Delhi has cleanest winter in 5 years, but is most polluted city in NCR: Study
The winter season is the most polluted time of the year, with unfavourable meteorological conditions trapping pollutants close to the surface, including calm winds, low temperature and fog.
Delhi logged its cleanest winter season in five years with respect to PM2.5 particulates, an analysis by the Centre for Science and Environment (CSE) has revealed. However, among cities in the National Capital Region (NCR), Delhi had the highest concentration of PM2.5 particulates, the study said, while Noida had the lowest.
“The city-wide winter average for Delhi stood at 160 micrograms per cubic metre (µg/m³) for the October-January period, which is the lowest level recorded since wide-scale monitoring started in 2018-19. The PM2.5 level, computed by averaging monitoring data from 36 continuous ambient air quality monitoring stations (CAAQMS) located in the city, was 17% lower compared to the seasonal average of 2018-19 winter. Based on the subset of the 10 oldest stations in Delhi, there is an improvement of almost 20%,” the analysis said.
In comparison, Delhi’s PM2.5 levels were 171 µg/m³in 2021-22, 186 µg/m³ in 2020-21, 173 µg/m³ in 2019-20 and 193 µg/m³ in 2018-19, the study said.
However, this is still considerably higher than the 24-hour standard national ambient air quality standards of 60 µg/m³, or the annual standard of 40 µg/m³.
The winter season is the most polluted time of the year, with unfavourable meteorological conditions trapping pollutants close to the surface, including calm winds, low temperature and fog. Anumita Roychowdhury, executive director, research and advocacy at CSE said this winter, the conditions were not as harsh, with Delhi also being aided by emergency-based action based on pollution forecasts.
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“There was also heavy and extended rain in the early phases of the season that prevented smog episodes from building up and also lowered the seasonal average,” she said.
The analysis, released on Monday, also found that 12 out the 13 pollution hotspots in the Capital had shown a marked improvement in PM2.5 levels compared to the average pollution levels recorded over the previous three seasons, thanks to a combination of favourable meteorology and forecast-based action, with the only outlier hotspot being RK Puram.
It said hotspots located in north and east Delhi were the most polluted locations in the city. “Jahangirpuri was the most polluted neighbourhood with October-January average PM 2.5 level of 201 µg/m³, while Okhla-Phase 2 was the least polluted, recording an average of 167 µg/m³,” it said.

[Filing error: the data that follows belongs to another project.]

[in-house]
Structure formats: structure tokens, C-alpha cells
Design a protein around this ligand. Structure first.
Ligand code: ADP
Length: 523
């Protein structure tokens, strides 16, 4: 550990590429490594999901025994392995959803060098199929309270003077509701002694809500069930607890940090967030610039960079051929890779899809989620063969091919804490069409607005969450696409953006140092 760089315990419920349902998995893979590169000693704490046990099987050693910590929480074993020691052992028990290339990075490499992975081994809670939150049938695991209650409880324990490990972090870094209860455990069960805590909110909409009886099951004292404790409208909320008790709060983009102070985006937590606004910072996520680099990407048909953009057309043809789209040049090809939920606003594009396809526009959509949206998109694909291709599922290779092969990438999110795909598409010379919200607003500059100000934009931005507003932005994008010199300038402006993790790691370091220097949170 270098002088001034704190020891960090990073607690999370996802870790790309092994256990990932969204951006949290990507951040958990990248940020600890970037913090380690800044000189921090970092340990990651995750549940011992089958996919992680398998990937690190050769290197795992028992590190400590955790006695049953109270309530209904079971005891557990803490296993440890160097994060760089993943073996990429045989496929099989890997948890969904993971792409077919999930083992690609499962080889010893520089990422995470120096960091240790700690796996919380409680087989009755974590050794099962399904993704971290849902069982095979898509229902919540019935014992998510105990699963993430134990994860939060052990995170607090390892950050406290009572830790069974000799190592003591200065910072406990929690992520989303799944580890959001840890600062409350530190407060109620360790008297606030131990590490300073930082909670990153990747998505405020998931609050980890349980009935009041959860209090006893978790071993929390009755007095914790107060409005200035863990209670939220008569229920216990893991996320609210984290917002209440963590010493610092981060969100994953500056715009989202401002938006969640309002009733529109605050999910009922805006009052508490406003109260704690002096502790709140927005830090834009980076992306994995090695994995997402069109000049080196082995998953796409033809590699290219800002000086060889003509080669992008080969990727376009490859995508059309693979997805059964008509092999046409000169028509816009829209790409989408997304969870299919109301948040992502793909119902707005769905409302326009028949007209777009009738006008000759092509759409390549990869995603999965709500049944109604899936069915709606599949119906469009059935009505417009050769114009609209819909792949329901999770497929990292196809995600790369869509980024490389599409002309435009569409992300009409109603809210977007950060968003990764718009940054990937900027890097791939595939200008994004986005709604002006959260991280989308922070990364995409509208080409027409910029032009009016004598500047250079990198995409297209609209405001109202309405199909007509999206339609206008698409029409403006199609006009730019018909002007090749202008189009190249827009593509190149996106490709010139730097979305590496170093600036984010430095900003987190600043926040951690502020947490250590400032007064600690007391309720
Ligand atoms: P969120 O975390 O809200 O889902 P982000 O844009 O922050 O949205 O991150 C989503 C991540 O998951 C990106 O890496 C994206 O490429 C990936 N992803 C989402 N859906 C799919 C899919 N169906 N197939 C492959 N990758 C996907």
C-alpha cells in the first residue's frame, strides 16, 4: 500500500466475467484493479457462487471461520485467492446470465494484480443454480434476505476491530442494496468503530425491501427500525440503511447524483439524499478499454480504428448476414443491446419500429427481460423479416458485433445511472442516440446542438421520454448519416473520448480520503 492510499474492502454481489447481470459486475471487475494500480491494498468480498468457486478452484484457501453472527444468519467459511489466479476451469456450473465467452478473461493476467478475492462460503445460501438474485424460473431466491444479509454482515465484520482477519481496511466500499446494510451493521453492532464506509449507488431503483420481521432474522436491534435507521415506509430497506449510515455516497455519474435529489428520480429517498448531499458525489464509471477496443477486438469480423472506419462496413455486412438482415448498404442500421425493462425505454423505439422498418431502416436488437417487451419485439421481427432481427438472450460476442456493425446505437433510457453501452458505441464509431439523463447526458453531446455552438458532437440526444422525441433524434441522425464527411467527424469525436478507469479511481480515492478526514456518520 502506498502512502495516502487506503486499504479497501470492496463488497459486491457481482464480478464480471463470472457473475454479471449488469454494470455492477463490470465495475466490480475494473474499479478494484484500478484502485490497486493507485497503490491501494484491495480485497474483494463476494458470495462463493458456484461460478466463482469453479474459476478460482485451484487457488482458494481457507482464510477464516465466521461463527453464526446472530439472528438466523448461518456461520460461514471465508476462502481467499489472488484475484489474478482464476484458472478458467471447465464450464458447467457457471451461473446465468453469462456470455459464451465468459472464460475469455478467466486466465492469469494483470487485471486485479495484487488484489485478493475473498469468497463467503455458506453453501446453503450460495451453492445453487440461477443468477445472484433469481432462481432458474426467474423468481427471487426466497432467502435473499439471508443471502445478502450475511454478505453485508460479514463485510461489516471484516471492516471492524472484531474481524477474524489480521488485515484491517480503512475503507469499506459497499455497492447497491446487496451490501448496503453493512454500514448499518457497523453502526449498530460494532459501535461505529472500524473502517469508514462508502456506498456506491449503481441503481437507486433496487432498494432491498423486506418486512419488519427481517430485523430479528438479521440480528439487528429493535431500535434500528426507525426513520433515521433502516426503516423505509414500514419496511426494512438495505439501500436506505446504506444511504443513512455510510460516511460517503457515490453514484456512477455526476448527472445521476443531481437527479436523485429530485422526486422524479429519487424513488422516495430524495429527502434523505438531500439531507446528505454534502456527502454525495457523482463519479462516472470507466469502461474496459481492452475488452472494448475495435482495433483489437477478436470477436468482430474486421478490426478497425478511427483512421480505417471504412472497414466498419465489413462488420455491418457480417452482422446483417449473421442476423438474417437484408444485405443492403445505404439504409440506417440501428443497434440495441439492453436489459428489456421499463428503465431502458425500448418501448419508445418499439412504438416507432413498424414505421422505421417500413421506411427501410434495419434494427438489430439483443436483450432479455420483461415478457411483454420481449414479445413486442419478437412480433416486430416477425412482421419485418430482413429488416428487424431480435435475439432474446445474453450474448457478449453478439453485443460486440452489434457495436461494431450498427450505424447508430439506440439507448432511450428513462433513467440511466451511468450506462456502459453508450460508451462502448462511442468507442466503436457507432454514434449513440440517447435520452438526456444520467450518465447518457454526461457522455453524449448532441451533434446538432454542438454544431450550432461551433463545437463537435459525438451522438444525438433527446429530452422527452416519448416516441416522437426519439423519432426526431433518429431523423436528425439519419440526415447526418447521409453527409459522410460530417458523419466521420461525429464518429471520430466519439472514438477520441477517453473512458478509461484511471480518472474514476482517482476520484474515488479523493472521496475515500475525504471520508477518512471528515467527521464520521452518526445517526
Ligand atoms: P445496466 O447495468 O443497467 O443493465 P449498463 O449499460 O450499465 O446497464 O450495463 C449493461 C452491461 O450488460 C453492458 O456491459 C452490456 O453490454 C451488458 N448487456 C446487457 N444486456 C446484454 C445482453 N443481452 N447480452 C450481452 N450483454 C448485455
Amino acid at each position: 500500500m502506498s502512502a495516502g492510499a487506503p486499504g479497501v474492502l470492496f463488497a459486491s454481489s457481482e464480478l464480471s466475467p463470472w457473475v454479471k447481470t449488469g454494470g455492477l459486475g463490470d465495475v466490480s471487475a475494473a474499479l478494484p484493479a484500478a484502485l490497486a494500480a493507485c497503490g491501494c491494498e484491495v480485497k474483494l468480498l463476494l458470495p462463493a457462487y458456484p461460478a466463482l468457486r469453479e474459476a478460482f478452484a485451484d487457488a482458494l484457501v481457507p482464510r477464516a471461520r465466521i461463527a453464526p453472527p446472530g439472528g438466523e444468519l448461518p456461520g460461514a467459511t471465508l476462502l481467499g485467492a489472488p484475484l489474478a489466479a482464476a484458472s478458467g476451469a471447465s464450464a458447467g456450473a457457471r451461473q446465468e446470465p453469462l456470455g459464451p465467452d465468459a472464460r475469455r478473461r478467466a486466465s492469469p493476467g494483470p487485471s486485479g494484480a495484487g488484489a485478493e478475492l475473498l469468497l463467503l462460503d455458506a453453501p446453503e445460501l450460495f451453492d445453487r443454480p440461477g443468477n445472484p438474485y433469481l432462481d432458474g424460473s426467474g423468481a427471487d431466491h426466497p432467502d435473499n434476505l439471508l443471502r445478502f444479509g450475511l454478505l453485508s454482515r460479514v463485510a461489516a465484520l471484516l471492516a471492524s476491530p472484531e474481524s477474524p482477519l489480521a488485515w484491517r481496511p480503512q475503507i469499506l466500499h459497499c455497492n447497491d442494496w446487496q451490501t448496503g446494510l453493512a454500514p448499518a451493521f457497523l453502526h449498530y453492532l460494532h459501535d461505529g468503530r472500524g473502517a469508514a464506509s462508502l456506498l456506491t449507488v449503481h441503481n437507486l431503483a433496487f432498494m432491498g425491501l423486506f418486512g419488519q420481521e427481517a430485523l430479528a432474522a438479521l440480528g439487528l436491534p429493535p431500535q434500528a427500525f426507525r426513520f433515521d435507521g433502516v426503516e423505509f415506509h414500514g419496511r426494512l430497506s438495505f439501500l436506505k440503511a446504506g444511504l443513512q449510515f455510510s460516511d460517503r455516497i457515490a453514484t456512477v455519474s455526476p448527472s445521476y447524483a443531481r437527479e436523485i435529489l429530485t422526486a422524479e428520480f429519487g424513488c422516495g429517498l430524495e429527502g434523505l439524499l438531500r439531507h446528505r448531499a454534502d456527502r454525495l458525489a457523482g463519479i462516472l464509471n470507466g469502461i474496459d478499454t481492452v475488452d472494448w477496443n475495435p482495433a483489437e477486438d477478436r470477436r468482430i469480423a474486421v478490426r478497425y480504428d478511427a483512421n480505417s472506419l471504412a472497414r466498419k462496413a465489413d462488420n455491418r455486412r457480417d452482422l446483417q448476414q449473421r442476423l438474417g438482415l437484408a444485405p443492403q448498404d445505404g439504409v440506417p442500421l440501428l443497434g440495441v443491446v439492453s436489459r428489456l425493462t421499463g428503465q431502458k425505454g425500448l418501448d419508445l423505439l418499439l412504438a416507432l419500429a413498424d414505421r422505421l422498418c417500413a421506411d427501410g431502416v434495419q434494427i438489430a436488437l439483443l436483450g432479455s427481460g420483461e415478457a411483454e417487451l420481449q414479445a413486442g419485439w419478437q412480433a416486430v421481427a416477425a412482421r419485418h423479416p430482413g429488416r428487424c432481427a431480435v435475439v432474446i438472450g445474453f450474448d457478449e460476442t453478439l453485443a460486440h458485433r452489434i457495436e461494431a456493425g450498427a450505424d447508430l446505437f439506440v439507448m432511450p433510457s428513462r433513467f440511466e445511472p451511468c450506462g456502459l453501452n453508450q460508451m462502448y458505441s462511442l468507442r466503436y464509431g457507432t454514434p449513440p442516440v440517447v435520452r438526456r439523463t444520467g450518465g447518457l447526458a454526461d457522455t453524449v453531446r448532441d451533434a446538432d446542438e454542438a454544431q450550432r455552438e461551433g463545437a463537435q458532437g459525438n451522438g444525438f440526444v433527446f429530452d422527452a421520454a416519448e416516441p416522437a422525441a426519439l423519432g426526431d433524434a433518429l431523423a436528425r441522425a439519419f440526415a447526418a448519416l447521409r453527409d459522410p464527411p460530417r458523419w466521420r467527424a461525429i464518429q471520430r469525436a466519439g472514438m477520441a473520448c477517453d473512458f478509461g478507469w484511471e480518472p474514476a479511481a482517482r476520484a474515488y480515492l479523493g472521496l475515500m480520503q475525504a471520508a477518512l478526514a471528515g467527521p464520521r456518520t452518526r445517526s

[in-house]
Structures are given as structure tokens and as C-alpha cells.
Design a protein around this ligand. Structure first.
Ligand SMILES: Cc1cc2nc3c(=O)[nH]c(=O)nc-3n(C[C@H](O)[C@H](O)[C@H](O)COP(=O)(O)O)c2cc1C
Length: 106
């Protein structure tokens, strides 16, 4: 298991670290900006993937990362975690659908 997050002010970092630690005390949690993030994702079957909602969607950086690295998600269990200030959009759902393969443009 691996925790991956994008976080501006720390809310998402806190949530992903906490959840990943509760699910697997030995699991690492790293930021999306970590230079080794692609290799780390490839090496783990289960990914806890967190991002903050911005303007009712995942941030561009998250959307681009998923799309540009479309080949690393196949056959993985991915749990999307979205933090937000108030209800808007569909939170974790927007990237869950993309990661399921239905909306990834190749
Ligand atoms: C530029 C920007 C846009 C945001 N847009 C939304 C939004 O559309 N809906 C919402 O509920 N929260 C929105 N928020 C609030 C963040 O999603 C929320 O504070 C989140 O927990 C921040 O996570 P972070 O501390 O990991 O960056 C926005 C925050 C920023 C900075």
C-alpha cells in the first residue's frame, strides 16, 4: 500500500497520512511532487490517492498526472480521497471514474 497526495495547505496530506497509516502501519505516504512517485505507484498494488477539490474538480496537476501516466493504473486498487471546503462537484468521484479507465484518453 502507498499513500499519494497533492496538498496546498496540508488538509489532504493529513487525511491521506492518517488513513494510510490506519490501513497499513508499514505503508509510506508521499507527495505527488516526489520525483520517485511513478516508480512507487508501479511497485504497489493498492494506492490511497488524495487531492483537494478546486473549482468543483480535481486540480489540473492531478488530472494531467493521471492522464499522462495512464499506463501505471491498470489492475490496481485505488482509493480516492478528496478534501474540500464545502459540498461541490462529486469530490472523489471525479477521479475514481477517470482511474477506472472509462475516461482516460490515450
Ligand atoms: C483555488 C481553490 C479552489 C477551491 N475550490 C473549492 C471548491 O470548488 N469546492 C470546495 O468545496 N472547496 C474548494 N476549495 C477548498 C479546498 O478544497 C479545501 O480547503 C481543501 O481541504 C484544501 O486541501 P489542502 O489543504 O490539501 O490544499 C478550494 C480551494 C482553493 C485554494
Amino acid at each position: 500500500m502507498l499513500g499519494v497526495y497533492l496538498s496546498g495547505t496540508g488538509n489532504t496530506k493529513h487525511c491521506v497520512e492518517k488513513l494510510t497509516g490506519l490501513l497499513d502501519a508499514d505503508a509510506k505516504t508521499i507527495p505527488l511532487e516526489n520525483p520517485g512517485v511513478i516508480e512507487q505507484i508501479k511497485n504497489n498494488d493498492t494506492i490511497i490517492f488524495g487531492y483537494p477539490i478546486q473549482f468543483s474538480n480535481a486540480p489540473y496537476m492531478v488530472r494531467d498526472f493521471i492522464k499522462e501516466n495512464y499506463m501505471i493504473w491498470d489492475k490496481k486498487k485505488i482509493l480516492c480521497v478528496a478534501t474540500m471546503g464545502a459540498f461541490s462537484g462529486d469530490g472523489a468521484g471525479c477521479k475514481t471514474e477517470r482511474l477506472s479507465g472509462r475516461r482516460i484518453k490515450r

To be sure, PM 2.5 is not the only criteria to measure air pollution, with Central Pollution Control Board’s Air Quality Index (AQI) including eight prominent pollutants — PM2.5, PM10, ozone, sulphur dioxide (so2), nitrogen dioxide (NO2), carbon monoxide (CO), lead (Pb) and ammonia (NH3). Experts, however, consider PM2.5 to be the most dangerous pollutant, as these tiny particles, around thirty times smaller than a human hair, can easily enter the bloodstream, and prolonged exposure to high concentrations are linked with respiratory diseases and even heart problems, as per global studies.
Across NCR, Noida was the least polluted amongst the major NCR cities, recording an average of 124 µg/m³ this winter. Greater Noida recorded an average of 143 µg/m³, Faridabad and Gurugram recorded an average PM 2.5 concentration of 133 µg/m³, while Ghaziabad’s average was a point lower at 132 µg/m³.
“Delhi continues to remain the most polluted among the cities and towns of NCR. This downward trend will have to be sustained with much stronger action on vehicles, industry, waste burning, construction, solid fuel and biomass burning to meet the clean air standard,” Roychowdhury said.
Avikal Somvanshi, senior programme manager at the Urban Lab at CSE, said while the average concentration across NCR towns varied this winter owing to the contribution of local sources differing in each region, high pollution episodes were still synchronised despite large distances. “Overall, Delhi and the neighbouring cities of Faridabad, Ghaziabad, Gurugram and Noida were relatively more polluted than other smaller NCR towns, though not significantly. This is the challenge of this landlocked region that demands even stronger action,” Somvanshi said.
The analysis also found that while Delhi only recorded a single smog episode this winter, peak pollution levels were still fairly high, touching 401 µg/m³ on November 3, 2022.
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“As is the global practice, at least three continuous days of severe AQI is considered a smog episode. In previous winters, such episodes have been recorded as lasting over 6-10 days, but this winter, only one smog episode was recorded from January 6-9, 2023. The average daily intensity of this smog stood at 287 µg/m³. This winter was the first in the last five years when both Diwali and late December (around Christmas) did not experience a smog episode,” the analysis said.